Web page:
Isaiah’s picture of the future is one of justice, peace and unity with God; it connects with our deepest hopes and yearnings – in much the same way that the John Lewis advert does. The advert, like so much of what we do at Christmas, taps into our sense of excitement at this time of year, our yearning for peace, inclusion, love and companionship and harmony in community: hopefully we could see in it a desire for something deeper, something more authentic to our faith and something which comes close to Isaiah’s great vision.
As much as we may long for a day when weapons are laid down, hearts are transformed, and peoples are drawn together, we find it hard to believe that such a day will actually come. Even to speak of the end of time, or of a time beyond time, when God will set everything right, is a stretch for many of us. Isaiah's vision may be even more preposterous than that as he announces that this Day will come in time and history. It’s easier to pin our hopes and dreams on a perfect Christmas than on the failed peace treaties in our world, division in our culture and broken relationships in our own lives. This leads to disappointment and disillusionment. Isaiah offers a different vision, a vision of a future not based on human actions but on God’s sovereign will and intervention; he also calls us to live now in anticipation of that Day – as does Jesus in our Gospel reading.
The Gospel reading reminds us of some of the distinctiveness of Christianity. Many Eastern religions see humanity as trapped in a cycle of birth, life, death, and rebirth in a never ending cycle throughout time. Christians, however, see God acting in time and history: at Creation; through the history of the Jewish people; in the person of Jesus; through the Church; and, ultimately, at the consummation of all things when Jesus returns. We look back and think of God’s deeds in the past and we look forward with hope to the final intervention to come at the end of time.
I was reading from a passage by St Cyril of Jerusalem this morning – he was a bishop from the 4th Century who lived and worked in Jerusalem and is acclaimed as a saint by most parts of the Christian Church. The passage I read this morning focused on how most things we reflect on with Jesus have two aspects: we think of his birth in the stable and his coming again at the end of time. The first coming was hidden from view in the obscurity of Bethlehem; the second coming will be before the nations in glory; the first coming involved him being wrapped in swaddling bands; at his second he will be robed in light; in the first coming he endured death on the cross; in the second he will be in glory escorted by angels. In his first coming he did not judge, in the second he will come as judge of the earth.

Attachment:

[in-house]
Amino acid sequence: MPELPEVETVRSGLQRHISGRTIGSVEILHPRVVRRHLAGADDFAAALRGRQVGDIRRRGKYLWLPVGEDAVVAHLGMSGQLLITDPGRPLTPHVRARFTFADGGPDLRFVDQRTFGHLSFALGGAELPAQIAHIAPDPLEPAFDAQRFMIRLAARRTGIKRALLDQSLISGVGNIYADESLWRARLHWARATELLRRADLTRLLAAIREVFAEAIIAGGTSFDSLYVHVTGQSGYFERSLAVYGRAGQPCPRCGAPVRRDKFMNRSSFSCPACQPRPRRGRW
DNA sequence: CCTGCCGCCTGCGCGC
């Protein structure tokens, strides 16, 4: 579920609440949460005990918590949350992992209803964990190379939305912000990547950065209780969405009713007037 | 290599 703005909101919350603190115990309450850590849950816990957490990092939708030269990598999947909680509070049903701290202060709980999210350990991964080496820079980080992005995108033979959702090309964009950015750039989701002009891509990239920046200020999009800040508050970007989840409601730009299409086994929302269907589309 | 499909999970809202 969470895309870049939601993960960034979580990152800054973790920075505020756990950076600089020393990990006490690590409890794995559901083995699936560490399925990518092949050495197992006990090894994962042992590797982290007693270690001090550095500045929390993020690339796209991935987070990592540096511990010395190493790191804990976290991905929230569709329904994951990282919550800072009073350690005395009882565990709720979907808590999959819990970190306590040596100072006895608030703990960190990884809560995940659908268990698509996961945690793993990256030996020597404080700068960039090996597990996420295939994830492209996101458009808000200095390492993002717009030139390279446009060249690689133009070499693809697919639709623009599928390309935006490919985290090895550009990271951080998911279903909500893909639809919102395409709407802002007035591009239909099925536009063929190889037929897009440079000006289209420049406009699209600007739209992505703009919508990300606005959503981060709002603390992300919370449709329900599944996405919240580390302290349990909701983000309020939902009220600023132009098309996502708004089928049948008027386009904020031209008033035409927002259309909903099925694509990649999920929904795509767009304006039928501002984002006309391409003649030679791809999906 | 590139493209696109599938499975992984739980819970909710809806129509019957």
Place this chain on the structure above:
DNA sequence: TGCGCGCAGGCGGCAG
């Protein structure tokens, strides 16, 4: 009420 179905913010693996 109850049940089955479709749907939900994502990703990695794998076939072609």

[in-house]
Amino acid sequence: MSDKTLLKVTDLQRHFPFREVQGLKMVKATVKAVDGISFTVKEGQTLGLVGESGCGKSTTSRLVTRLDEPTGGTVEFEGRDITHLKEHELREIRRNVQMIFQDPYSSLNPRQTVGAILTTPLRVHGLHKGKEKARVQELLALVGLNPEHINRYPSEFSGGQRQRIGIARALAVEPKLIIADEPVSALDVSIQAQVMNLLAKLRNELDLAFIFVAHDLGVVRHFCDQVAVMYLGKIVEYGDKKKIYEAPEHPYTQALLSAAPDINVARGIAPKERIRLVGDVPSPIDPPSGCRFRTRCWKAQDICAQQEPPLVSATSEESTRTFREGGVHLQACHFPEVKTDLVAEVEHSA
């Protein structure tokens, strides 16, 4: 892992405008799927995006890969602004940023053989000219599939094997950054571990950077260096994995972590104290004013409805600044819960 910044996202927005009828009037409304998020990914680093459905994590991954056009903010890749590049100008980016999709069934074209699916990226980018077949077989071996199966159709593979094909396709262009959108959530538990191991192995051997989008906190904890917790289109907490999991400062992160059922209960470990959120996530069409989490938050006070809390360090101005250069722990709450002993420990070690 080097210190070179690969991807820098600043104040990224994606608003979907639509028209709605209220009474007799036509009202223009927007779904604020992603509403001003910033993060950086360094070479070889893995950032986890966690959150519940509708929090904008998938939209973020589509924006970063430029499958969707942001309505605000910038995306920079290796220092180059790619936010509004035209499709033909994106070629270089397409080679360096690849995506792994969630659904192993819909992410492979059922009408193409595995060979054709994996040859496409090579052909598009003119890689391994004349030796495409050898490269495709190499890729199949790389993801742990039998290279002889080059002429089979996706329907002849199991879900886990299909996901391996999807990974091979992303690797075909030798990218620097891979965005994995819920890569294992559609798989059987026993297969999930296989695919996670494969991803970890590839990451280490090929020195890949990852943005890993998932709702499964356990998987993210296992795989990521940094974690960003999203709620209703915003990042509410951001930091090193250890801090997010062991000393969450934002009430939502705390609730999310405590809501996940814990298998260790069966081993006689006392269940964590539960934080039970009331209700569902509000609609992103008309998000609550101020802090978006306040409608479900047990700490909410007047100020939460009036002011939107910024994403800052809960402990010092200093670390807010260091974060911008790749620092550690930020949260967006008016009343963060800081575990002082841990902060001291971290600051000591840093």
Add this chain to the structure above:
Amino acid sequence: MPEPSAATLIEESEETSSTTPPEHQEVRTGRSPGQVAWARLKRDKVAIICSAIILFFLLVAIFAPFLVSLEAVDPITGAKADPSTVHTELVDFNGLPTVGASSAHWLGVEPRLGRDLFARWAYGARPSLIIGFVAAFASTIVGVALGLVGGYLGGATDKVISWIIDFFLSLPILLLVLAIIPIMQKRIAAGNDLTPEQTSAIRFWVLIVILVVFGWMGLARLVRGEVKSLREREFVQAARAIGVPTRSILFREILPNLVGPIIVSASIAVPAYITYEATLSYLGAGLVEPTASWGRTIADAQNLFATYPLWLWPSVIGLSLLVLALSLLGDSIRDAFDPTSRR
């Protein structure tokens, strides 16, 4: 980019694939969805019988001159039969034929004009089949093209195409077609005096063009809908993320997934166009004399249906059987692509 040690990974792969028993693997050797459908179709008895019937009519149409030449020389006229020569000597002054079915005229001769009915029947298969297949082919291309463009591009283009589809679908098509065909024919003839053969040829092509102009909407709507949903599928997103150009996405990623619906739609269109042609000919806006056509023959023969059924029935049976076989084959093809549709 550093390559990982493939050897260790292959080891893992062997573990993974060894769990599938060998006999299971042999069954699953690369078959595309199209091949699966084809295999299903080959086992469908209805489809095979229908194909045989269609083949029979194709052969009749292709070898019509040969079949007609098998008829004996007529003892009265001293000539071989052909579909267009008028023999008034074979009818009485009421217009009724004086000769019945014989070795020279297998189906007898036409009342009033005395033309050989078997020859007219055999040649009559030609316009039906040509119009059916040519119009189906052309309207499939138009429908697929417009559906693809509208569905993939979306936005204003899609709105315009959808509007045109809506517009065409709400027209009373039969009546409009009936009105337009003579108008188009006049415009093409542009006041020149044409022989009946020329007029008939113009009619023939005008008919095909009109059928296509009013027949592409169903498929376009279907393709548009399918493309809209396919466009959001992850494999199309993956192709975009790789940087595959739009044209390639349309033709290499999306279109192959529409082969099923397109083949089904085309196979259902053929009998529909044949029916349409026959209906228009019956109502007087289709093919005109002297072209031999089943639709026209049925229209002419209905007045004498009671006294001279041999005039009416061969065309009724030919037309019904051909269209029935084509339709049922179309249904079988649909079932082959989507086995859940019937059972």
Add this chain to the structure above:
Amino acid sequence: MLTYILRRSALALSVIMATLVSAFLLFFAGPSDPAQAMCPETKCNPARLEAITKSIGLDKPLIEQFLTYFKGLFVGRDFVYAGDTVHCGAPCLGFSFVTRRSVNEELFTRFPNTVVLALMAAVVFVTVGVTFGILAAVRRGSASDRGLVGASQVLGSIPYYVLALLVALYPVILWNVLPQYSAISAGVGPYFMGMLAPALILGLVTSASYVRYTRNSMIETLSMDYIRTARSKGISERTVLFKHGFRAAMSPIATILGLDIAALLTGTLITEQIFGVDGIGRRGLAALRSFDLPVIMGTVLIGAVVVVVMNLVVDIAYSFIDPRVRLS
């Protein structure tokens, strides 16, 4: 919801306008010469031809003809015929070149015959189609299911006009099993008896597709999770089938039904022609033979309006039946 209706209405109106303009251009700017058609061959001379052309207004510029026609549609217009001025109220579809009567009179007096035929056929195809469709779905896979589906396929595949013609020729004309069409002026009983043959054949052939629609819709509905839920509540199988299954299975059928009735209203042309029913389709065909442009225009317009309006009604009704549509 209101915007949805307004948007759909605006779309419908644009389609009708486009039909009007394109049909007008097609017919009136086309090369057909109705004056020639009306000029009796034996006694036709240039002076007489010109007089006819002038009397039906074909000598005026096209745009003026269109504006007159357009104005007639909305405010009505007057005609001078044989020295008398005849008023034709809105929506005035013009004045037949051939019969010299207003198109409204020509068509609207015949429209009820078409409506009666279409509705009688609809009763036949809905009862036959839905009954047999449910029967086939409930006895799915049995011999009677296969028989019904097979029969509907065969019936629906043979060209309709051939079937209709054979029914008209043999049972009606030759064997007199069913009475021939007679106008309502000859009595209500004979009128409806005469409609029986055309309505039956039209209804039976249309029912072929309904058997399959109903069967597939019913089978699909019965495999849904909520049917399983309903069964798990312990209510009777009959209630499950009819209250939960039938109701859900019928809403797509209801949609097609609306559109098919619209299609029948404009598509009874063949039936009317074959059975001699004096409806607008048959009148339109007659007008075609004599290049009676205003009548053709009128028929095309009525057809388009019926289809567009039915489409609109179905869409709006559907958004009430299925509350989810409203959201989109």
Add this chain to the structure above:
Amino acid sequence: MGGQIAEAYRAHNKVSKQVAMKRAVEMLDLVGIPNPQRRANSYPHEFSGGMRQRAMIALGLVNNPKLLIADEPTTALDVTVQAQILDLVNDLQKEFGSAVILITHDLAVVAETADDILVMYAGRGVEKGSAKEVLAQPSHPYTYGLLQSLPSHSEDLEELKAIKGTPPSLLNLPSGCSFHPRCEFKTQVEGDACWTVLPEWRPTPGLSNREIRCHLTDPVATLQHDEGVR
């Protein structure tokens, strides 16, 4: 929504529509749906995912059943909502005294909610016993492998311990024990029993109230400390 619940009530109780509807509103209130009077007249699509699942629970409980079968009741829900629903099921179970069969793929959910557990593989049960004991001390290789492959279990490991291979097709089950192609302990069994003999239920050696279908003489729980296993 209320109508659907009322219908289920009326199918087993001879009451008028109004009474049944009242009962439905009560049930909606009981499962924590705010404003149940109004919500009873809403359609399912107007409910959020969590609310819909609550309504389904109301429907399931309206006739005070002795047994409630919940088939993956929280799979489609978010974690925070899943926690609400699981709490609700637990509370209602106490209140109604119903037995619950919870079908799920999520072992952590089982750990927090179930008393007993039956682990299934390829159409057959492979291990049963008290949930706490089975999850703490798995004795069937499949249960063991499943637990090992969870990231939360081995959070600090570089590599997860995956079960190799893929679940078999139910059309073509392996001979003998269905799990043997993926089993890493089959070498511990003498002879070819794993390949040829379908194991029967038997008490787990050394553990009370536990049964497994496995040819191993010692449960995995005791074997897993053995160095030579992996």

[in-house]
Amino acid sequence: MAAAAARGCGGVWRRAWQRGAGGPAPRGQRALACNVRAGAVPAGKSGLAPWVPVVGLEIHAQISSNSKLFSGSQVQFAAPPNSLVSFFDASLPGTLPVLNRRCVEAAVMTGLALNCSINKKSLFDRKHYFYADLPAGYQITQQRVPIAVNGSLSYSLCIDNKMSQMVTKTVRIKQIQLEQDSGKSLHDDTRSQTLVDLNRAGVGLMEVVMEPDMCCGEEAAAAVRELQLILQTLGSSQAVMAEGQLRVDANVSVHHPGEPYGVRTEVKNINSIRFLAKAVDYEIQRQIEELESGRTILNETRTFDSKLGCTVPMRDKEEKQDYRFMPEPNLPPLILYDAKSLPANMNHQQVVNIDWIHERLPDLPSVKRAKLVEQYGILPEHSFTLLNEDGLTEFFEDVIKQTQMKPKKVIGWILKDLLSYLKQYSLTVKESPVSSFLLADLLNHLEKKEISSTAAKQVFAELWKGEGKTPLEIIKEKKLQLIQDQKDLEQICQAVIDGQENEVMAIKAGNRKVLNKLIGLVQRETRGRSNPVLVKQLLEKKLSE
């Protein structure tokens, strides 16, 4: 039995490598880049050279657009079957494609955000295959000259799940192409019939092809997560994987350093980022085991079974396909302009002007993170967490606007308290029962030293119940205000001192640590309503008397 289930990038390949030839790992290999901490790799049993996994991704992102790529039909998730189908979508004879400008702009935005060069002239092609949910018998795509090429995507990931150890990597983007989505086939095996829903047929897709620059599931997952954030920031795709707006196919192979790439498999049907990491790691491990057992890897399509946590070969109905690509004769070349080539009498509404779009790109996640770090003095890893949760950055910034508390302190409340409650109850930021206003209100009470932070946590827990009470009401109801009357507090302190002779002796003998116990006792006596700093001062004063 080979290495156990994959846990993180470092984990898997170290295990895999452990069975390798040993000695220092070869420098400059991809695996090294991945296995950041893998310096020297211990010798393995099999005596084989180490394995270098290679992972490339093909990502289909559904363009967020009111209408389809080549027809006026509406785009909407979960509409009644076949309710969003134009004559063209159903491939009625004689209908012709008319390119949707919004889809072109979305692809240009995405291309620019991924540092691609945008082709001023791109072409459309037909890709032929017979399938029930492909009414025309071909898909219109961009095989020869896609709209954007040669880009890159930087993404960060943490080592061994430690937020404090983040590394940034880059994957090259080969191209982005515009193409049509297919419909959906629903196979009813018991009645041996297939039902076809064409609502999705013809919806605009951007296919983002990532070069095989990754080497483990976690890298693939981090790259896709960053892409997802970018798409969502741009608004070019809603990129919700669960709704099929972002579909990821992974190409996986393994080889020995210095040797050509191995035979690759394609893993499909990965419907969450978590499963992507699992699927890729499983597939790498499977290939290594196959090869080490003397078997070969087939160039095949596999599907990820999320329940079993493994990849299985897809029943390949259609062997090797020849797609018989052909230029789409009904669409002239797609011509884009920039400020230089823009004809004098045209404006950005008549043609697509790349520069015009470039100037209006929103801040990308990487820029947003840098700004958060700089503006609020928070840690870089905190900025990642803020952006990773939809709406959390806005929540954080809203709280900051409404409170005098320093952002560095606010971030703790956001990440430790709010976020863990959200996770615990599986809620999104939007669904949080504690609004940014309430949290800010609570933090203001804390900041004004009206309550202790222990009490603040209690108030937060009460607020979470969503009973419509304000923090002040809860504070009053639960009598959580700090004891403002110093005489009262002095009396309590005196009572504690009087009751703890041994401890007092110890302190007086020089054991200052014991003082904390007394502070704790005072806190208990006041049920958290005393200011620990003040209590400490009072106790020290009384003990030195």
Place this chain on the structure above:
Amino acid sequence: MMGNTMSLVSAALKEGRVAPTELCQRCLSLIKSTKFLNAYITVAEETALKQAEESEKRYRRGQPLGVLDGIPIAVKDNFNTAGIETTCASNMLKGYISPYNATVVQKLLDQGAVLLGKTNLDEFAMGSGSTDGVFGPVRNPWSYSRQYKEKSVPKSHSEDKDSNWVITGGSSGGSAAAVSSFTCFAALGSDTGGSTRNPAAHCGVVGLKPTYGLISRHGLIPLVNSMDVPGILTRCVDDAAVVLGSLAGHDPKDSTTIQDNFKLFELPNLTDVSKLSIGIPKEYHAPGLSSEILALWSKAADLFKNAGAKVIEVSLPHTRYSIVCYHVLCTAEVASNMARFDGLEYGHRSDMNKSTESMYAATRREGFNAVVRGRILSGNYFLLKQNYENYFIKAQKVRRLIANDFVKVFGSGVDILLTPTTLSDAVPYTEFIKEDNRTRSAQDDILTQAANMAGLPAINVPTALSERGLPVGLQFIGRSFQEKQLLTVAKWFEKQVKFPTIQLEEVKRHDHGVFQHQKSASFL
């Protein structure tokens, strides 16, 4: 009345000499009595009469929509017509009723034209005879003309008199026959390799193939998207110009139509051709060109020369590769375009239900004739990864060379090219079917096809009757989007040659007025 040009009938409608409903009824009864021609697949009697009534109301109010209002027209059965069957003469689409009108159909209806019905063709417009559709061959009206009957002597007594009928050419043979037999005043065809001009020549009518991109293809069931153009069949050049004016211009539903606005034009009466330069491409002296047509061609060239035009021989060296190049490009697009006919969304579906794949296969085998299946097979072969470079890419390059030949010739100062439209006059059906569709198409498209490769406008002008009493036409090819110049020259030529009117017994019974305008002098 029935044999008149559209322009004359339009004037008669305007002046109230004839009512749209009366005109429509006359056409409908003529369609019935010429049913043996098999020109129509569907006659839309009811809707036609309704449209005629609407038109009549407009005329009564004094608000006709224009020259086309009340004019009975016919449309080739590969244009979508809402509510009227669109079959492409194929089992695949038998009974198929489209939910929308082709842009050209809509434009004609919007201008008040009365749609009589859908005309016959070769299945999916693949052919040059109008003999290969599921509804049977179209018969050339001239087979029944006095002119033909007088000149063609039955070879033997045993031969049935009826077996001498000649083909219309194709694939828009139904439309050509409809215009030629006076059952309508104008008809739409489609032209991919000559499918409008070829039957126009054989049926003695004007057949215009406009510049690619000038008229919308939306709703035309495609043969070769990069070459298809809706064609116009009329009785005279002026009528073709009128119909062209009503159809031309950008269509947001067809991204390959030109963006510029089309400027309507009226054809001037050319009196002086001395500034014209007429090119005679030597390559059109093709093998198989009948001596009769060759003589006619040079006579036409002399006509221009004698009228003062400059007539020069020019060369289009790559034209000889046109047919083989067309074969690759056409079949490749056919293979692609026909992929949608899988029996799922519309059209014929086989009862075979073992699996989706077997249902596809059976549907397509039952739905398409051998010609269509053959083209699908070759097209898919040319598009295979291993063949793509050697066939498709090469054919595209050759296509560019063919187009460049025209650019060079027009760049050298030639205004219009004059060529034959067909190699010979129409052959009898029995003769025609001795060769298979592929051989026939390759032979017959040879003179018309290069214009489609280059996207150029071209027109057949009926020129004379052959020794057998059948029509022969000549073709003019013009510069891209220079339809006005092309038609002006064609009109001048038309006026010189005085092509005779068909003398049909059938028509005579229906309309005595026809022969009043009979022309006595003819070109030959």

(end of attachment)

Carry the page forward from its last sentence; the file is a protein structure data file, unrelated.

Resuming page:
Jesus reminds us that his return will be unexpected, some will be prepared for it, others won’t. The hymns we sing today remind us of this aspect of our faith and encourage us to live in readiness to greet our Lord again. A little later in St Matthew’s Gospel Jesus preaches about his Second Coming and says that we will be judged on how we have treated the least of those around us – have we fed the hungry, clothed the naked, and visited the imprisoned?
So this Advent as we share in the yearnings of our world for love, companionship, joy, and harmony we show that these things come from a relationship with God and loving service of others as we live what Pope Francis called this week the “joy of the Gospel”. This is more important, more lasting and more fulfilling than the things we so often use to displace that sense of yearning in our lives.
Isaiah proclaimed a glorious vision of the end where, like those animals in the John Lewis advert, we will live in harmony with each other and with creation. Jesus tells us that we cannot predict the day nor the hour of when He will return to fully establish Isaiah’s great vision. In the meantime we work for the coming of the Kingdom, by living with the knowledge that the Kingdom is breaking through, by pointing towards it in our lives and by becoming its heralds as we serve others in Christ’s name.